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An observational study of system-level changes to improve the recording of very brief advice for smoking cessation in an inpatient mental health setting

Research output: Contribution to journalArticlepeer-review

Gilda Spaducci, Sol Richardson, Ann McNeill, Megan Pritchard, Jyoti Sanyal, Andy Healey, Mary Yates, Debbie Robson

Original languageEnglish
Article number559
JournalBMC Public Health
Issue number1
Accepted/In press7 Apr 2020
Published25 Apr 2020


  • PUBH-D-19-04218 manuscript final

    PUBH_D_19_04218_manuscript_final.docx, 81.2 KB, application/vnd.openxmlformats-officedocument.wordprocessingml.document

    Uploaded date:01 May 2020

King's Authors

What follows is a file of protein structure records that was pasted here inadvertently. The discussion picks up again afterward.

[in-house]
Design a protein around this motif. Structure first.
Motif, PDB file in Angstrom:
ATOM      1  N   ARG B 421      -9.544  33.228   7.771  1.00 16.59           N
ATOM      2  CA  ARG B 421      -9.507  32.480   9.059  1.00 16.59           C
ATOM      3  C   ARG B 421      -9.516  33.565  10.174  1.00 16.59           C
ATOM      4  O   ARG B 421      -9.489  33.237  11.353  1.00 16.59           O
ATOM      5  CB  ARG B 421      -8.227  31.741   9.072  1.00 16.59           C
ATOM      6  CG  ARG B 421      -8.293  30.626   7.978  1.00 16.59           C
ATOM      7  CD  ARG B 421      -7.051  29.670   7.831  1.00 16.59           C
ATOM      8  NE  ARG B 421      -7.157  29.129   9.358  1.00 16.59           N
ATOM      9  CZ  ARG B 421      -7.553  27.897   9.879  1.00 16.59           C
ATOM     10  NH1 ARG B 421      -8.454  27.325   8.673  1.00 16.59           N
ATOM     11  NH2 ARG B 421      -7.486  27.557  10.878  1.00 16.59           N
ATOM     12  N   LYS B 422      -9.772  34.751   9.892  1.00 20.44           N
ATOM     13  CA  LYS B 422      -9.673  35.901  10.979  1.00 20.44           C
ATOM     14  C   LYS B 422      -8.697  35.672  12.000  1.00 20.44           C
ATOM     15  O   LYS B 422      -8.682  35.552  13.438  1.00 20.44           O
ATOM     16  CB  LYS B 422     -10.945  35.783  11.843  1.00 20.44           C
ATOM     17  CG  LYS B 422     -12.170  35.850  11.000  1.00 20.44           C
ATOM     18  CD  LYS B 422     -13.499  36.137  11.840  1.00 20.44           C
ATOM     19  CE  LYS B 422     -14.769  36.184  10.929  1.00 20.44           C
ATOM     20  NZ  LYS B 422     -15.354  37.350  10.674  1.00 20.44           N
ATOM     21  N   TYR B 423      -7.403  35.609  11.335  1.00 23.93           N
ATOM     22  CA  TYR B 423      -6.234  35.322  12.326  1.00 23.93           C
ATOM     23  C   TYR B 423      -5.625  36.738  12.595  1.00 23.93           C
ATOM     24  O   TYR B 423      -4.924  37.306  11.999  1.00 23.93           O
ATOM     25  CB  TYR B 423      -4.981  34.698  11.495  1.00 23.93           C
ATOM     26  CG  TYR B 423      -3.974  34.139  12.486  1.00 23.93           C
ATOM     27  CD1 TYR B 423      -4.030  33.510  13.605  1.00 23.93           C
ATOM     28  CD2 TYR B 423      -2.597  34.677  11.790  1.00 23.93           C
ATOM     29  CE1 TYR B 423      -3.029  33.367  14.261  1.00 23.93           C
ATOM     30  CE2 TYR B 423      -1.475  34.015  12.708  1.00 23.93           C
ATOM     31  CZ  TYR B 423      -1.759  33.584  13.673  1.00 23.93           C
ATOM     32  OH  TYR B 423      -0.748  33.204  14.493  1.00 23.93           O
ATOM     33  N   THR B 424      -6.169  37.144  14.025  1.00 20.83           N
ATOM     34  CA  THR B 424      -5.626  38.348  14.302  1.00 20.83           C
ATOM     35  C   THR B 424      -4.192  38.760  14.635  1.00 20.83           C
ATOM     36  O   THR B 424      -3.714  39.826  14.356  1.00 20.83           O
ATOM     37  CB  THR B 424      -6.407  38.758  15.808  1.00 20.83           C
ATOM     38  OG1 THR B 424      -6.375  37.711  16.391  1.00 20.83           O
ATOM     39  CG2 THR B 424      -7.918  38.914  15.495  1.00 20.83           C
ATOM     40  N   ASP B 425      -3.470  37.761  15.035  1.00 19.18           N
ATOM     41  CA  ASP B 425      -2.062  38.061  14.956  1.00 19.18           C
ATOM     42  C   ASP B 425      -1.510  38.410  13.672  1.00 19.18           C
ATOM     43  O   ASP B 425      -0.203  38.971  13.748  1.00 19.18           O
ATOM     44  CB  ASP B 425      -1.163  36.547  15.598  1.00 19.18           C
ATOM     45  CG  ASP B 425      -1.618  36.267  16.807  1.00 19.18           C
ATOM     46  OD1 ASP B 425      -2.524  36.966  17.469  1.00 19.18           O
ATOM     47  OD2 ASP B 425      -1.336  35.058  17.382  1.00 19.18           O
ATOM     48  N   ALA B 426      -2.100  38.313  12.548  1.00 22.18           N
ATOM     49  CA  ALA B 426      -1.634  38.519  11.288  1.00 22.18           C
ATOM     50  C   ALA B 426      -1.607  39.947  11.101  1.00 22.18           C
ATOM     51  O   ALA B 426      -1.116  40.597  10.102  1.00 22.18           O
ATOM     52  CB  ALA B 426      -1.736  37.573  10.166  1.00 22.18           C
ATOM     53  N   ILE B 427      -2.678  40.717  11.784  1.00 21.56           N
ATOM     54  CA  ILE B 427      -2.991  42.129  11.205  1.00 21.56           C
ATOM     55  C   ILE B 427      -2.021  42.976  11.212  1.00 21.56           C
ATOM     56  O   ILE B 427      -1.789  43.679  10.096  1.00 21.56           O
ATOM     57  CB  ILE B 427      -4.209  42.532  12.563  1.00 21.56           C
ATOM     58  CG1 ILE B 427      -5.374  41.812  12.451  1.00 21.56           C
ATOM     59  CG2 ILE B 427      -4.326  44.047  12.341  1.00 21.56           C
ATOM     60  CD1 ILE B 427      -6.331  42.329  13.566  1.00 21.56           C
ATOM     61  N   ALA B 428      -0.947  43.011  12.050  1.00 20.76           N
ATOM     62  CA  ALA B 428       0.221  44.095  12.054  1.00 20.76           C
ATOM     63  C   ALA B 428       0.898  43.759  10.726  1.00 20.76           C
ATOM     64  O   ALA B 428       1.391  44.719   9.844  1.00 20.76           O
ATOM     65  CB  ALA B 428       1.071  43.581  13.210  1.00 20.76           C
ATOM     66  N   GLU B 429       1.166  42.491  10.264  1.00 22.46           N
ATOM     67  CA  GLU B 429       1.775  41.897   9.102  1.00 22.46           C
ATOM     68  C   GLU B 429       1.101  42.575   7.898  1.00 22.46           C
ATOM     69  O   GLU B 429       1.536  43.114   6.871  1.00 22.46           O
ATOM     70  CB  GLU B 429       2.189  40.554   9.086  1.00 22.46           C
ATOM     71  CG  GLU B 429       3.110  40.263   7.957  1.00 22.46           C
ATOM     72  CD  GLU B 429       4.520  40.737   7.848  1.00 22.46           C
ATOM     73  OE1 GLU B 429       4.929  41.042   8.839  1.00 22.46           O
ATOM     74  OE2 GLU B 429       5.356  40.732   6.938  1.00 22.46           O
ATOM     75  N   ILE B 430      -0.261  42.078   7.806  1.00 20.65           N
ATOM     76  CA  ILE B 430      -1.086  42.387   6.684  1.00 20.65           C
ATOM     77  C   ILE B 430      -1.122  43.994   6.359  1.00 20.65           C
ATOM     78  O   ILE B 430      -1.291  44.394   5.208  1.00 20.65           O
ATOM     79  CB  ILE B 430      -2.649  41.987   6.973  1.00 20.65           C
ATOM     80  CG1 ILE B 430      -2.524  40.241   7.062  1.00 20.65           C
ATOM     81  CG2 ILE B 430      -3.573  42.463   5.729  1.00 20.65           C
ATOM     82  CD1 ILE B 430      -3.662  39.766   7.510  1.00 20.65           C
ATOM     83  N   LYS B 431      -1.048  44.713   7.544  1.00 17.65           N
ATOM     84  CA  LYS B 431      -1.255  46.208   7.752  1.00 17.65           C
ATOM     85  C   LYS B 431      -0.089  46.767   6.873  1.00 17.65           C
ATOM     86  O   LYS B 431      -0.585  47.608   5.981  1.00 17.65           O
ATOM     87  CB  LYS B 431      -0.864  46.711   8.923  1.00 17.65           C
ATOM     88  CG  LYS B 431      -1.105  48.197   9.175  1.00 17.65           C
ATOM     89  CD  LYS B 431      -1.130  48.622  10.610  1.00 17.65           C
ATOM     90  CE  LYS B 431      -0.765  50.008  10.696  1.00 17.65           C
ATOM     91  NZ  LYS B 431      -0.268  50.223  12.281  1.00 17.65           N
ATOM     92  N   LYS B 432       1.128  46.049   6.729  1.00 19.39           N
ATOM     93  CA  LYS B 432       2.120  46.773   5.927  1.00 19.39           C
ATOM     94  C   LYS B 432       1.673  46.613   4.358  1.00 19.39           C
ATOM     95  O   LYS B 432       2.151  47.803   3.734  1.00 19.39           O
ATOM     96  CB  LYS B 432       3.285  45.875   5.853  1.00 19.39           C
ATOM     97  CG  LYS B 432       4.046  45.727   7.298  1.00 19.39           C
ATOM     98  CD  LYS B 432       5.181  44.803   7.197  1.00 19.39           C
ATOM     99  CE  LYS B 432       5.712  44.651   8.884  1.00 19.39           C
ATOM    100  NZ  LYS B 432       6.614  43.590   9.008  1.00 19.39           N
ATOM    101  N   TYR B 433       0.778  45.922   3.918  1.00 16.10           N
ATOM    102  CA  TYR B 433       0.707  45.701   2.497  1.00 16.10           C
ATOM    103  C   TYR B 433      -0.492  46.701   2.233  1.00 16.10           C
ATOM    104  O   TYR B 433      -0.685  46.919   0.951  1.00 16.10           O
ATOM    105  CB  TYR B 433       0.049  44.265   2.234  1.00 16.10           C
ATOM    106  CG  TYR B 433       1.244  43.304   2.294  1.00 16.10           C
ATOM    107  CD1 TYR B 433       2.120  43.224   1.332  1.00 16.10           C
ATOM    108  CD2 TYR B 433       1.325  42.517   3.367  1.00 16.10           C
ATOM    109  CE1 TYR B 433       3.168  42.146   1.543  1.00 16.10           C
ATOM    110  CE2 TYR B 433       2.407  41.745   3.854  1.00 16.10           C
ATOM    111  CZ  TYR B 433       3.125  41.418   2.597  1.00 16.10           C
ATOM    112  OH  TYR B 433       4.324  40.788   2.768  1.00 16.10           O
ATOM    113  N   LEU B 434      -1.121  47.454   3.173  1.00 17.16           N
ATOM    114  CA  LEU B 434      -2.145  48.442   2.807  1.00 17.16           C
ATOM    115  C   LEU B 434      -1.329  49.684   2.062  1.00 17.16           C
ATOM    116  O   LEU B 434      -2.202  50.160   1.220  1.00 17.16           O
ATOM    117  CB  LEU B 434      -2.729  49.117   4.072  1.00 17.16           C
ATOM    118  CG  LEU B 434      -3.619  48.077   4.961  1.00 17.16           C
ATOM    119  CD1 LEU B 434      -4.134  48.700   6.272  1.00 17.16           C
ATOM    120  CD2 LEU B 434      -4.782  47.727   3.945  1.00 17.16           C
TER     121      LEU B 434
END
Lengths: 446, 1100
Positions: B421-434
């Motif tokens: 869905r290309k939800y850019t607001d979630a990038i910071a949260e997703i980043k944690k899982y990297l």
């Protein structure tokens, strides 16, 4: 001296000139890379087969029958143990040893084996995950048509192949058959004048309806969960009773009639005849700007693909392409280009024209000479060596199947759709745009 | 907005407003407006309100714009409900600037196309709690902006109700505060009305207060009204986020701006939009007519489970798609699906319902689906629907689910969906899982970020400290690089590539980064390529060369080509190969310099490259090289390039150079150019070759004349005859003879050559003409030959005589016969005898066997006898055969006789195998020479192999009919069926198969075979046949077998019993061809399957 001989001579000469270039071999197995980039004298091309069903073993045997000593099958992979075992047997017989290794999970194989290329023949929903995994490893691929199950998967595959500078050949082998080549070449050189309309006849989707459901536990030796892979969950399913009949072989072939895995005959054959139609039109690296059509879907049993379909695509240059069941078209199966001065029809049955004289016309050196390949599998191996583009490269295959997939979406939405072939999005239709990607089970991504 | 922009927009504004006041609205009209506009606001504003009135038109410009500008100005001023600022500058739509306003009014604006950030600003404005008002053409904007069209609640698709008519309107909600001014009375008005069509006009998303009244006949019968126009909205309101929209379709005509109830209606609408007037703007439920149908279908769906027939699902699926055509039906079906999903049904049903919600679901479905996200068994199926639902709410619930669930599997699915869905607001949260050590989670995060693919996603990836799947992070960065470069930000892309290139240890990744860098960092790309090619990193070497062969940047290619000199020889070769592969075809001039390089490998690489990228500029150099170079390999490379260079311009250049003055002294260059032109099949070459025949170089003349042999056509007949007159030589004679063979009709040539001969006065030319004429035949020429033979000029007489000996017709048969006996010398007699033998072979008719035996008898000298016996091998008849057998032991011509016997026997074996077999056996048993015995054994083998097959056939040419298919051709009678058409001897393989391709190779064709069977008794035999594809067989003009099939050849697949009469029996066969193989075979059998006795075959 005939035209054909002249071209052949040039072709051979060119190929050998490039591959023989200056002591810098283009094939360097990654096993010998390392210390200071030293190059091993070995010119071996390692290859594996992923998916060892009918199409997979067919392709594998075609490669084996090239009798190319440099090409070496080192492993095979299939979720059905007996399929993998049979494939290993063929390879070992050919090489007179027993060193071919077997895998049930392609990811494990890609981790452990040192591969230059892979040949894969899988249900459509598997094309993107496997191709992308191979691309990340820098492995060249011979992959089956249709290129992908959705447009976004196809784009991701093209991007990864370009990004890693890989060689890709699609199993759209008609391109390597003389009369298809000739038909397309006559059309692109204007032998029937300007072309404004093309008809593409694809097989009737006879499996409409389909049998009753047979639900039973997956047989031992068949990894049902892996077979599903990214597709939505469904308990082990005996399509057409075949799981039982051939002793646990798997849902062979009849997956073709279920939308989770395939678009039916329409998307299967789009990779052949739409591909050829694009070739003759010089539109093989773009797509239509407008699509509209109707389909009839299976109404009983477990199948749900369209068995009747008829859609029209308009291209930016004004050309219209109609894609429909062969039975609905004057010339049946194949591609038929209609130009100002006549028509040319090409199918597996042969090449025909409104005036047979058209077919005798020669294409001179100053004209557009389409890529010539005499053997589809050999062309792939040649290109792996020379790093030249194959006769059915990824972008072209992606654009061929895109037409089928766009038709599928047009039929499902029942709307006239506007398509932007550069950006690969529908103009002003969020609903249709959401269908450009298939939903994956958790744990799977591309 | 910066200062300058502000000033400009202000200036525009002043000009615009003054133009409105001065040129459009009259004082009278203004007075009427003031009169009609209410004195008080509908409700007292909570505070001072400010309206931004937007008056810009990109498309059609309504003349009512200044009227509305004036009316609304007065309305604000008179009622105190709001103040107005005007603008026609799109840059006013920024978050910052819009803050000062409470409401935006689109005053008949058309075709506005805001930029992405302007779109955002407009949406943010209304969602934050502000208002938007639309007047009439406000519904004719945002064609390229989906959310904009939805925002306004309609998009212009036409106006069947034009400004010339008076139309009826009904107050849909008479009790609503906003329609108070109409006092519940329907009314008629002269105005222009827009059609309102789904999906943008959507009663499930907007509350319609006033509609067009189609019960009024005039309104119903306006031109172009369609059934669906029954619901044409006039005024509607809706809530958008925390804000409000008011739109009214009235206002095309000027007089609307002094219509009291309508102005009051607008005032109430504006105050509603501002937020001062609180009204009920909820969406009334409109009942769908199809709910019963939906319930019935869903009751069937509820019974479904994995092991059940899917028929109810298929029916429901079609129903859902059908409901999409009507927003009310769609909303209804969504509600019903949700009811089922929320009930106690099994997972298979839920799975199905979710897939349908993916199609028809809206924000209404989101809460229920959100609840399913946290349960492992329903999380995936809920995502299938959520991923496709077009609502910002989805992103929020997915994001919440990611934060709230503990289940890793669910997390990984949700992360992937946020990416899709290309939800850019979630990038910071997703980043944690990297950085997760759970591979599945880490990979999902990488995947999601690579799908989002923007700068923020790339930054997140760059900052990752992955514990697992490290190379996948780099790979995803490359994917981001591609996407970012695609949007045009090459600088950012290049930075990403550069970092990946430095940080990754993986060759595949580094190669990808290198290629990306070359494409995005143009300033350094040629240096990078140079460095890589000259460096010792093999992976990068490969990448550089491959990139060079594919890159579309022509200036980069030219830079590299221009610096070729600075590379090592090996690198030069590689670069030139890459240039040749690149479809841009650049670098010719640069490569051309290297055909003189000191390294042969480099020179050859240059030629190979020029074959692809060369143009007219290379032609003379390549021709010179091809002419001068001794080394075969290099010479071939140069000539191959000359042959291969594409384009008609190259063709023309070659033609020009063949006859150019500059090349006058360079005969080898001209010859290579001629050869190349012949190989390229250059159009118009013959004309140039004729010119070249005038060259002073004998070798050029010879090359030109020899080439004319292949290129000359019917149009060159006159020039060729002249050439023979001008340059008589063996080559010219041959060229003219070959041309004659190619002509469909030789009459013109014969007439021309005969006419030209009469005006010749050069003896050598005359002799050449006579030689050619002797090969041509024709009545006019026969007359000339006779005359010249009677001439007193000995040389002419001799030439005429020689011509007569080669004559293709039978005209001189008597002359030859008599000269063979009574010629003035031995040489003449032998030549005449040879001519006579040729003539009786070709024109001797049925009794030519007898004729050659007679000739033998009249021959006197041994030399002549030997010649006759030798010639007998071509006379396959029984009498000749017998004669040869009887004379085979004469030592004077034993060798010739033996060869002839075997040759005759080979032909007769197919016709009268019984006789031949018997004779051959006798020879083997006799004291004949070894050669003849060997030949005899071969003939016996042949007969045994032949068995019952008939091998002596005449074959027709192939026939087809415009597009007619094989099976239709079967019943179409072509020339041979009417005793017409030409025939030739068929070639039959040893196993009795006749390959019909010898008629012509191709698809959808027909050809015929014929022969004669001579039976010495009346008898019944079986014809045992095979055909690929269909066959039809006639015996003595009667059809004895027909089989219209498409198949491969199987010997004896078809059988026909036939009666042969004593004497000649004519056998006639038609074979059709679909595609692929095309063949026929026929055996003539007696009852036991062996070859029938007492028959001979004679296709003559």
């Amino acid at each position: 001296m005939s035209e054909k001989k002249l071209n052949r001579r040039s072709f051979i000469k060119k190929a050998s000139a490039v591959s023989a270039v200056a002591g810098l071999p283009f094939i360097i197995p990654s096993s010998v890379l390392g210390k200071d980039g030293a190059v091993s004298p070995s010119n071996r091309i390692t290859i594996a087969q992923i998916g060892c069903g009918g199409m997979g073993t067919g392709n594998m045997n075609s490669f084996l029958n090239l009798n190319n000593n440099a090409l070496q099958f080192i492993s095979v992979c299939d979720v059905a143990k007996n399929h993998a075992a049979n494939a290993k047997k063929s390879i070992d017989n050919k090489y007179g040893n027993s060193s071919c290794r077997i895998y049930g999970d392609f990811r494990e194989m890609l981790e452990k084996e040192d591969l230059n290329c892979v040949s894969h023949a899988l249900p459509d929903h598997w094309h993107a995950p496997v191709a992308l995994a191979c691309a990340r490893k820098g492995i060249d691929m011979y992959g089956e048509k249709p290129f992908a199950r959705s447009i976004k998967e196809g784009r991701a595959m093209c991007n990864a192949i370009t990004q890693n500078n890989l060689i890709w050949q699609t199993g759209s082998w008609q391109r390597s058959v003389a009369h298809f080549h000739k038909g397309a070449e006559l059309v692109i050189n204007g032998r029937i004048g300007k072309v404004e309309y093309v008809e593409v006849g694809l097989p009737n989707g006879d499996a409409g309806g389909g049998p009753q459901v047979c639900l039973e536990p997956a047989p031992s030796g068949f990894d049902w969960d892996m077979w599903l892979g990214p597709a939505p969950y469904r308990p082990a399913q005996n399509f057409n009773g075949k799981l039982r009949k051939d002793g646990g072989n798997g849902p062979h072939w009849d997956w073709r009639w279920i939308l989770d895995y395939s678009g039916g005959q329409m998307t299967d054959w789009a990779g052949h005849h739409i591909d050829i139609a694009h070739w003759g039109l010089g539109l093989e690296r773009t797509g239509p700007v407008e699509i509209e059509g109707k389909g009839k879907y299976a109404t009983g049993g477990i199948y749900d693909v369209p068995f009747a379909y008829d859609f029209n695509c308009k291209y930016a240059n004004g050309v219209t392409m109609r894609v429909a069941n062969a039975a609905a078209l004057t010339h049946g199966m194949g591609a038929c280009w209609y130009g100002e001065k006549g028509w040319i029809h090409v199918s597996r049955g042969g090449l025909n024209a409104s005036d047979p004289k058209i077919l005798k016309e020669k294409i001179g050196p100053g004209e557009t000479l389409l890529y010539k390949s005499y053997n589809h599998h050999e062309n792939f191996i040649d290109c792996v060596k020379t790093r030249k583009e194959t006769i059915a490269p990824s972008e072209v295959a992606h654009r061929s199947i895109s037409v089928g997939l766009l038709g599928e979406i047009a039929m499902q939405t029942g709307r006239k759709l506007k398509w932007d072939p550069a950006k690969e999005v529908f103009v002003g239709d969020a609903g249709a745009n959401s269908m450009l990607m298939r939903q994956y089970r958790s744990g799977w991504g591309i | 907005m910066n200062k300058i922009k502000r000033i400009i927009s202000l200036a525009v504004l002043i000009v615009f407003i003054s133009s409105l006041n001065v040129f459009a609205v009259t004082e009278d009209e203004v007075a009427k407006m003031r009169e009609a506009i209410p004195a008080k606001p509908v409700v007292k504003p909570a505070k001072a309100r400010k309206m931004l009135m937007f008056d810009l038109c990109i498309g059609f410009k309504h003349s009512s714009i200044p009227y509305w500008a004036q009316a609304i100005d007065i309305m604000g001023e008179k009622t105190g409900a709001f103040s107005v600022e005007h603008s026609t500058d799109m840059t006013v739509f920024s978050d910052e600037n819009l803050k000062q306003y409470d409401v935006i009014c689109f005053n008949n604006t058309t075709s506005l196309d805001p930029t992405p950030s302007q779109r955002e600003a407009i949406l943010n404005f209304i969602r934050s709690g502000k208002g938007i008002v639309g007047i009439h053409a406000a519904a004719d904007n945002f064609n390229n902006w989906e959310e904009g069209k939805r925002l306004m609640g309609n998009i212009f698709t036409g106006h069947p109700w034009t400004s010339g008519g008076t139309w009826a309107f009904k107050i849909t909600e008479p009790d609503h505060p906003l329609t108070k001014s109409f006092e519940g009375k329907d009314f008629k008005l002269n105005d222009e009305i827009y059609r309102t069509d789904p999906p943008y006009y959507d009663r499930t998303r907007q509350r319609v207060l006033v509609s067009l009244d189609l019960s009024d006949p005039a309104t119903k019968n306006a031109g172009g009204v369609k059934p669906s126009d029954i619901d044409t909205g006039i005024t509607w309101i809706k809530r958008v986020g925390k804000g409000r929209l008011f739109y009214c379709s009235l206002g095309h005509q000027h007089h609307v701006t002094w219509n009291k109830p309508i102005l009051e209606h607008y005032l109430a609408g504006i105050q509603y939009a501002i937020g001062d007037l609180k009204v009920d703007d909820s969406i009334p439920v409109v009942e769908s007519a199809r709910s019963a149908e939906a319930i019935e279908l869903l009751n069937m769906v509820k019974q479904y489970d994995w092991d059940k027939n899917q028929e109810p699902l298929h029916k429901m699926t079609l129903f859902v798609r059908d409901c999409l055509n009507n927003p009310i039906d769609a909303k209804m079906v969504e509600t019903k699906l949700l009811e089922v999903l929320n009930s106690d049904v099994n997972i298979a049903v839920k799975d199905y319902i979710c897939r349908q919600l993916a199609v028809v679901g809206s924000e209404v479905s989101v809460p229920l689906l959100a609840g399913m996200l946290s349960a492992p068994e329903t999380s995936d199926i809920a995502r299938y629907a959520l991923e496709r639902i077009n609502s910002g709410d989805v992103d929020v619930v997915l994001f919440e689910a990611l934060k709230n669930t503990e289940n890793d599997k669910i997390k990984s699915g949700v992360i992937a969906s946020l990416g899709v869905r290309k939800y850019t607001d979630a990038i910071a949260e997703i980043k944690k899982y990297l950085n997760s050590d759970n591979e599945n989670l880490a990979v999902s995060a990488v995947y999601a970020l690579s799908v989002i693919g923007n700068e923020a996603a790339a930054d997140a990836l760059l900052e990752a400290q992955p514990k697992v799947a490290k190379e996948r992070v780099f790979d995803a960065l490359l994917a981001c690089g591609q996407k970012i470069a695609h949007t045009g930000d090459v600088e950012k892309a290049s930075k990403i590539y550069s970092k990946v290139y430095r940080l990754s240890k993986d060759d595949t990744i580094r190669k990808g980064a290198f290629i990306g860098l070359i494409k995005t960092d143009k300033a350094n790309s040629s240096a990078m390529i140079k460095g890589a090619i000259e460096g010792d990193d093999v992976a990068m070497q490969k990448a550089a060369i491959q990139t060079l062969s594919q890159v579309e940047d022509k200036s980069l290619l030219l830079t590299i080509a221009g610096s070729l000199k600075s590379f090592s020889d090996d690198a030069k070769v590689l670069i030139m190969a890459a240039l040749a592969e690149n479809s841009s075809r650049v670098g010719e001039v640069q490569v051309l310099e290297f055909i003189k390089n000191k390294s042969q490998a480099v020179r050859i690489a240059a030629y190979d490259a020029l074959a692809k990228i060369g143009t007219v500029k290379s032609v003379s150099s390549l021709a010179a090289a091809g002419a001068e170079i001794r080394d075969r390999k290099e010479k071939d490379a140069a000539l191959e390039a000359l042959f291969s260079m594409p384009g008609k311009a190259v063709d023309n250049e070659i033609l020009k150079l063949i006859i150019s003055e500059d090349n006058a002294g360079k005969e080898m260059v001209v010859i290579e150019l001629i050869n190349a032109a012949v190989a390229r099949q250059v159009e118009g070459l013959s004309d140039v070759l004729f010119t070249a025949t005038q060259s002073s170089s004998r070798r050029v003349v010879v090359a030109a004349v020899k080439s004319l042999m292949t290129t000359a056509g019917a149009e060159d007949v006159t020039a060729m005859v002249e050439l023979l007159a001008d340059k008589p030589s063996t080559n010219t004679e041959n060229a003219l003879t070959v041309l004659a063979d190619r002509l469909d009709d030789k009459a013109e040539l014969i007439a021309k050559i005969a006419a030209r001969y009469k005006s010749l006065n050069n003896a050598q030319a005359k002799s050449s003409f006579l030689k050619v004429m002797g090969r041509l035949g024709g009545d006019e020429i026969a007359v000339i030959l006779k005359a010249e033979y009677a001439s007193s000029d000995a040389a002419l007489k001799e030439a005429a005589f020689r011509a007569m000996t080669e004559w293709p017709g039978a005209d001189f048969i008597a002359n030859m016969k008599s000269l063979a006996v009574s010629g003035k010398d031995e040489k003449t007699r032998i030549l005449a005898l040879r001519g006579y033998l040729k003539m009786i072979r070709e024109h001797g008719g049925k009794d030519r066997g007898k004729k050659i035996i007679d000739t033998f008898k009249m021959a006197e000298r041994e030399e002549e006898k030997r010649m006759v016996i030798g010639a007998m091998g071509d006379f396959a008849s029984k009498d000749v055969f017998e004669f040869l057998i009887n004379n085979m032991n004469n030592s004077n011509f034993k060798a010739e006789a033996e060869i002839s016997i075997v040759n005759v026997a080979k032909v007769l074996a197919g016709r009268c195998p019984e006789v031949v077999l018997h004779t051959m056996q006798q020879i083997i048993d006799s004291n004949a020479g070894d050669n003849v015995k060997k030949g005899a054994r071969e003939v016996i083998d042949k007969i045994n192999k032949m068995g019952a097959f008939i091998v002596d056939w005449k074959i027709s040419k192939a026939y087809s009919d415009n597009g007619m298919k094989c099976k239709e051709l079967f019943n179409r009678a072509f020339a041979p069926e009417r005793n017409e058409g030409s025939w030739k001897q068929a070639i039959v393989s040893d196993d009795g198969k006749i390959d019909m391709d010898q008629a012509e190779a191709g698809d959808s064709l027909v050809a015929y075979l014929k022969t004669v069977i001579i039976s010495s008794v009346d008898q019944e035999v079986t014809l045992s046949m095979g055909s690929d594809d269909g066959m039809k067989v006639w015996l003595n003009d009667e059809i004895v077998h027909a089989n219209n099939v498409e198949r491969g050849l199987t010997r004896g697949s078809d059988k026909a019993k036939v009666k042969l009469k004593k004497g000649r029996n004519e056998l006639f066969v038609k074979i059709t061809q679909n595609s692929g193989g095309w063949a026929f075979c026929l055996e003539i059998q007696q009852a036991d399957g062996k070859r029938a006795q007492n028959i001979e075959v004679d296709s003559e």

Background: Smoking prevalence among people with psychosis remains high. Providing Very Brief Advice (VBA) comprising: i) ASK, identifying a patient's smoking status ii) ADVISE, advising on the best way to stop and iii) ACT (OFFER), offering a referral to specialist smoking cessation support, increases quit attempts in the general population. We assessed whether system-level changes in a UK mental health organisation improved the recording of the provision of ASK, ADVISE, ACT (OFFER) and consent to referral to specialist smoking cessation support (ACT (CONSENT)). Methods: We conducted a study using a regression discontinuity design in four psychiatric hospitals with patients who received treatment from an inpatient psychosis service over 52 months (May 2012-September 2016). The system-level changes to facilitate the provision of VBA comprised: A) financially incentivising recording smoking status and offer of support (ASK and ACT (OFFER)); B) introduction of a comprehensive smoke-free policy; C) enhancements to the patient electronic healthcare record (EHCR) which included C1) a temporary form to record the financial incentivisation of ASK and ACT (OFFER) C2) amendments to how VBA was recorded in the EHCR and C3) the integration of a new electronic national referral system in the EHCR. The recording of ASK, ADVISE, ACT (OFFER/CONSENT) were extracted using a de-identified psychiatric case register. Results: There were 8976 admissions of 5434 unique individuals during the study period. Following A) financial incentive, the odds of recording ASK increased (OR: 1.56, 95%CI: 1.24-1.95). Following B) comprehensive smoke-free policy, the odds of recording ADVICE increased (OR: 3.36, 95%CI: 1.39-8.13). Following C1) temporary recording form, the odds of recording ASK (OR:1.99, 95%CI:1.59-2.48) and recording ACT (OFFER) increased (OR: 4.22, 95%CI: 2.51-7.12). Following C3) electronic referral system, the odds of recording ASK (OR:1.79, 95%CI: 1.31-2.43) and ACT (OFFER; OR: 1.09, 95%CI: 0.59-1.99) increased. There was no change in recording VBA outcomes following C2) amendments to VBA recording. Conclusions: Financial incentives and the recording of incentivised outcomes, the comprehensive smoke-free policy, and the electronic referral system, were associated with increases in recording individual VBA elements, but other changes to the EHCR were not. System-level changes may facilitate staff recording of VBA provision in mental health settings.

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